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William A. Seiter
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So Ends Our Night is based on the Erich Maria Remarque novel Flotsam which describes the plight of refugees in Europe, dislocated from their homes and sometimes families as a result of the politics of tyrannical European states, specifically Nazi Germany. Any place they went the refugees were not welcomed becoming a drag on the economy of any place they lived. The film concentrates on a group of several now stateless Germans who seem to keep running into each other. The novel came out in 1939 before a formal war started, but the German intentions were becoming clearer every day.
Specifically it concentrates on Fredric March who was an underground member in Germany who had to leave in a hurry, he could not take his ill wife Frances Dee. March becomes a surrogate parent to both Glenn Ford and Margaret Sullavan who find a difficult path to love when they're first concern is survival.
Previous to So Ends Our Night coming out, Remarque novels such as All Quiet On The Western Front and Three Comrades were filmed with marked success by both Universal and MGM. All Quiet On The Western Front won a Best Picture Oscar and a Best Director Oscar for Lewis Milestone and Three Comrades got good critical reviews in 1938. Margaret Sullavan was in Three Comrades and she was the love interest of one of the comrades, Robert Taylor. Would that So Ends Our Night was as good.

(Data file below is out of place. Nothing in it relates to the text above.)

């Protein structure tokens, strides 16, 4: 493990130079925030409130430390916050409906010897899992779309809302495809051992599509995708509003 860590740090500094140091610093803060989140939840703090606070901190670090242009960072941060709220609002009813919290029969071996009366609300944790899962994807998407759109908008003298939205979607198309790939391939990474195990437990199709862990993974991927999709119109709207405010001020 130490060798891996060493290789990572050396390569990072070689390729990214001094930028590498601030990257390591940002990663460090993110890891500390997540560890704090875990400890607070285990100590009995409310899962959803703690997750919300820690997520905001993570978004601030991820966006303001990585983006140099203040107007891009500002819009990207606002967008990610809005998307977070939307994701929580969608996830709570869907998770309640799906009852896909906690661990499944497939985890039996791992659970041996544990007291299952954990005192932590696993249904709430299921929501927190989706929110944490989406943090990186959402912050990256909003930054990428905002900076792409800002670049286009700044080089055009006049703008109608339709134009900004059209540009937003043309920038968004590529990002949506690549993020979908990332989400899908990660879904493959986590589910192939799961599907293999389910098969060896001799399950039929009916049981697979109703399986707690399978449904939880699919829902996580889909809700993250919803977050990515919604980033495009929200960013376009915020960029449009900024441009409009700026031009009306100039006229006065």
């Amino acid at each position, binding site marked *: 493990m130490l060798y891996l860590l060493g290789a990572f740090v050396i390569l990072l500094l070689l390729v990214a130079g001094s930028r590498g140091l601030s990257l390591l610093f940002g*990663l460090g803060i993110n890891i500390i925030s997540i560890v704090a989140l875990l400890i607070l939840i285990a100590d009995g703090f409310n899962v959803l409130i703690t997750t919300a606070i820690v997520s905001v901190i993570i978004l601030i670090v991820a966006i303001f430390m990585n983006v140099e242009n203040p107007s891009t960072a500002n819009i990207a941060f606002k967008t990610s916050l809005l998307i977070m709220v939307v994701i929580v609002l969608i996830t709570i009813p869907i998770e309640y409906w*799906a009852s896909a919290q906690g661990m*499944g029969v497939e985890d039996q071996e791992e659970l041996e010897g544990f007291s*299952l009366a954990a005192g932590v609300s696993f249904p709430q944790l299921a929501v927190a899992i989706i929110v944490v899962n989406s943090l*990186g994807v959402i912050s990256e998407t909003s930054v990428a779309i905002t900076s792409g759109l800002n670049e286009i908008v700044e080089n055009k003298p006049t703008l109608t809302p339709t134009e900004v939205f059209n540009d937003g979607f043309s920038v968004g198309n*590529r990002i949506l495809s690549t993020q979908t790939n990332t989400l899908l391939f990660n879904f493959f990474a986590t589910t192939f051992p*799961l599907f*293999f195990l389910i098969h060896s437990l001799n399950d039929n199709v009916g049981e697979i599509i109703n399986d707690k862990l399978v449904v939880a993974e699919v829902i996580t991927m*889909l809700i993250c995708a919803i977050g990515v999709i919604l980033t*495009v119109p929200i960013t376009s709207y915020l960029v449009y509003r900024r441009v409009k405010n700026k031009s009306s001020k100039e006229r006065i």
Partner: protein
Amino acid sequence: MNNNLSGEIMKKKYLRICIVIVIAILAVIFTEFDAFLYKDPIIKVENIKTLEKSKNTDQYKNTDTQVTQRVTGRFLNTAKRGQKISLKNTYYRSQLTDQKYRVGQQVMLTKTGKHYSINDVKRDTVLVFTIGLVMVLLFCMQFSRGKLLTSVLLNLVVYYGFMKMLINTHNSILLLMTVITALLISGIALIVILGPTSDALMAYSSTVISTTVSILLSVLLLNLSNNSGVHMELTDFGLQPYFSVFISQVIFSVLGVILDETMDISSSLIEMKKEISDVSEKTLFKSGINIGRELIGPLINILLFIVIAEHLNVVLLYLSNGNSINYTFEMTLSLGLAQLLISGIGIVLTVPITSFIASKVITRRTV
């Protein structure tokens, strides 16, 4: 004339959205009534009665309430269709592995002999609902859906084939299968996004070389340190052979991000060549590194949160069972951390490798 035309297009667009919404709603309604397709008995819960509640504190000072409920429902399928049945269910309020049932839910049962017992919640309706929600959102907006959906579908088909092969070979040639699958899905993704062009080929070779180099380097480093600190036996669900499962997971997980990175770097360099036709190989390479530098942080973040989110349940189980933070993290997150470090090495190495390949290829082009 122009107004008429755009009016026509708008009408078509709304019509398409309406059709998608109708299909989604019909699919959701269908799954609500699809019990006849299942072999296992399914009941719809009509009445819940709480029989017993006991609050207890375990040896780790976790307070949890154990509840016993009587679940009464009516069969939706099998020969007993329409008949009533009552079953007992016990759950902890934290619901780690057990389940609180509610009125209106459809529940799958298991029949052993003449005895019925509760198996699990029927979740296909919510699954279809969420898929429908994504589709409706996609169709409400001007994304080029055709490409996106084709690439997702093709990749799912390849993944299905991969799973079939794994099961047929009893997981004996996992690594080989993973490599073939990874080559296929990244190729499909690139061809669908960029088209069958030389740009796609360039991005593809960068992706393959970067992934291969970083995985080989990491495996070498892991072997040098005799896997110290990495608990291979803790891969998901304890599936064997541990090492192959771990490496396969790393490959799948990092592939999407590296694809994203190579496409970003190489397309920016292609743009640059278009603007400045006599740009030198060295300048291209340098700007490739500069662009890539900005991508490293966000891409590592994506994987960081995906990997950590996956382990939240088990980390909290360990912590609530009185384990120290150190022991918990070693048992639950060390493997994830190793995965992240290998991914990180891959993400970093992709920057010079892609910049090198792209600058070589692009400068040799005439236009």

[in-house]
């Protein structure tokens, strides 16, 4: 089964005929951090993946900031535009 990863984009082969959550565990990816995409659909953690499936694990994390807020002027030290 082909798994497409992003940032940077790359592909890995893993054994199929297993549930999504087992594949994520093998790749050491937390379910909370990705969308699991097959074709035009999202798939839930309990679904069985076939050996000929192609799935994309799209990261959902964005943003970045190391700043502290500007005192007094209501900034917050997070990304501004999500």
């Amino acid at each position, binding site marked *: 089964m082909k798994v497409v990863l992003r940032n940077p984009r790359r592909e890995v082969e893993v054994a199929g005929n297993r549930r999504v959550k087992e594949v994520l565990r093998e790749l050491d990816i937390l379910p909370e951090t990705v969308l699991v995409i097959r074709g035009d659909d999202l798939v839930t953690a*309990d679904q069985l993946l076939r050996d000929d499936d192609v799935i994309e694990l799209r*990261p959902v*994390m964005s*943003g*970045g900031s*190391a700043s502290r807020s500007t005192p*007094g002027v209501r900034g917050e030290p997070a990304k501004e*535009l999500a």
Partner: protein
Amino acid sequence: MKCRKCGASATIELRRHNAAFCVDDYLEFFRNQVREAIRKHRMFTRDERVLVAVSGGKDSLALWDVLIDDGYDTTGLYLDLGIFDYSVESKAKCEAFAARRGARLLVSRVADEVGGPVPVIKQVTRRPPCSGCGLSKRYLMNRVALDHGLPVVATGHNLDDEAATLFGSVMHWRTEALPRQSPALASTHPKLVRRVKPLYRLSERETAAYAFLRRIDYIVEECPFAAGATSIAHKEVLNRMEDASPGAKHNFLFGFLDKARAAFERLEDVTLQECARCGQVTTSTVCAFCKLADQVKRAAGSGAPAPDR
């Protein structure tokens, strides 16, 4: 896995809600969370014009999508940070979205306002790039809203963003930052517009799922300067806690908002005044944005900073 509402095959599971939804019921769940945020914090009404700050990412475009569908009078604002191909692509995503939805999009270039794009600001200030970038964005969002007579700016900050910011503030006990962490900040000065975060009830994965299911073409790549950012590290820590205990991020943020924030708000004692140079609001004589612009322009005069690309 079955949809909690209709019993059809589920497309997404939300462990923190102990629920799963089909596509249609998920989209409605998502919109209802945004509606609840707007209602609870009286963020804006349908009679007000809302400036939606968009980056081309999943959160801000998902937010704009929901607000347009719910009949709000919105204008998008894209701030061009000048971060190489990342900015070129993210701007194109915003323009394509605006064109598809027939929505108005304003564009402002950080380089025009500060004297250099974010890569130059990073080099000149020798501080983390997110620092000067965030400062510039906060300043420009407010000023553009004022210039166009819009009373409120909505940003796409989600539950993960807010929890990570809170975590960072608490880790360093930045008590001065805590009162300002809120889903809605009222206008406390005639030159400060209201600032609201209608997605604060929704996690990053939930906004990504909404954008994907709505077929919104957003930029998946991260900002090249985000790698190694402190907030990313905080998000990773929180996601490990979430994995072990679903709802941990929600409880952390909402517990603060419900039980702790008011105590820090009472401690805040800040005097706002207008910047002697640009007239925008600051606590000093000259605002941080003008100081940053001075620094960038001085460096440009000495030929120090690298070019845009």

The performances by the players were all good, Glenn Ford was lent out from Columbia Pictures for his first A film and got great reviews as a tender callow youth. He and Sullavan seemed to have good chemistry, but the film lacked the production values that a major studio could have given it. And the script seems to drag and the direction is sluggish.
Margaret Sullavan who specialized in playing tragic heroines who are escaping from the Nazis, she just came off doing The Mortal Storm for MGM which is about folks about to become refugees. Compare that film with MGM quality on it to this one and you'll see what I'm talking about. According to a biography about her by Lawrence Quirk she resented the way the title was changed, preferring that it be called by the novel's rightful name. This name implied all kinds of innuendo that the film never delivered. True, but that was a common enough practice back in the day. And So Ends Our Night needed any and all help to get the movie going public into the theater.
In that same book Fredric March and Glenn Ford both praised Sullavan's abilities and considered a milestone to have been able to work with her. Sullavan in fact got director John Cromwell to direct Ford as a callow and clumsy youth in matters of love whereas he'd come off like Cary Grant in earlier takes. I think she was on target there.
Still the film definitely needed major studio backing to have put it over better.
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